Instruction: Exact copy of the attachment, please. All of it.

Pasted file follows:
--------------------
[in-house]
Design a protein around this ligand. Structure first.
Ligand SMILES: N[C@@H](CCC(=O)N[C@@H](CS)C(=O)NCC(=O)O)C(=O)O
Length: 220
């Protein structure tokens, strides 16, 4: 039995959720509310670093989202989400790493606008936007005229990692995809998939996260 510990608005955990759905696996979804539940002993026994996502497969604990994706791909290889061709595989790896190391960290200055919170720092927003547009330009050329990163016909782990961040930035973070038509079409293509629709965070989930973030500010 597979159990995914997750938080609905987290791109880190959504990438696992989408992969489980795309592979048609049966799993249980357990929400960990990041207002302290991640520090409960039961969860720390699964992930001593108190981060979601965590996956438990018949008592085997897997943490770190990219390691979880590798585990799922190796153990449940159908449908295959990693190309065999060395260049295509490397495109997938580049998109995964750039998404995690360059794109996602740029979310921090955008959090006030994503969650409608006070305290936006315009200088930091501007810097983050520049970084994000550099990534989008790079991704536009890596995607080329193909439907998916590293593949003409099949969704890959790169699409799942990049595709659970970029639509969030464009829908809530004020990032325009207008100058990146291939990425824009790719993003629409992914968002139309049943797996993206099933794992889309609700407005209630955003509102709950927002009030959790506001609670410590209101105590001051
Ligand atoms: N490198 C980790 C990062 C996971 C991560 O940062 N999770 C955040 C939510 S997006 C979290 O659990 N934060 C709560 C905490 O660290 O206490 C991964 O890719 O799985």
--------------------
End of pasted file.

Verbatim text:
[in-house]
Design a protein around this ligand. Structure first.
Ligand SMILES: N[C@@H](CCC(=O)N[C@@H](CS)C(=O)NCC(=O)O)C(=O)O
Length: 220
């Protein structure tokens, strides 16, 4: 039995959720509310670093989202989400790493606008936007005229990692995809998939996260 510990608005955990759905696996979804539940002993026994996502497969604990994706791909290889061709595989790896190391960290200055919170720092927003547009330009050329990163016909782990961040930035973070038509079409293509629709965070989930973030500010 597979159990995914997750938080609905987290791109880190959504990438696992989408992969489980795309592979048609049966799993249980357990929400960990990041207002302290991640520090409960039961969860720390699964992930001593108190981060979601965590996956438990018949008592085997897997943490770190990219390691979880590798585990799922190796153990449940159908449908295959990693190309065999060395260049295509490397495109997938580049998109995964750039998404995690360059794109996602740029979310921090955008959090006030994503969650409608006070305290936006315009200088930091501007810097983050520049970084994000550099990534989008790079991704536009890596995607080329193909439907998916590293593949003409099949969704890959790169699409799942990049595709659970970029639509969030464009829908809530004020990032325009207008100058990146291939990425824009790719993003629409992914968002139309049943797996993206099933794992889309609700407005209630955003509102709950927002009030959790506001609670410590209101105590001051
Ligand atoms: N490198 C980790 C990062 C996971 C991560 O940062 N999770 C955040 C939510 S997006 C979290 O659990 N934060 C709560 C905490 O660290 O206490 C991964 O890719 O799985």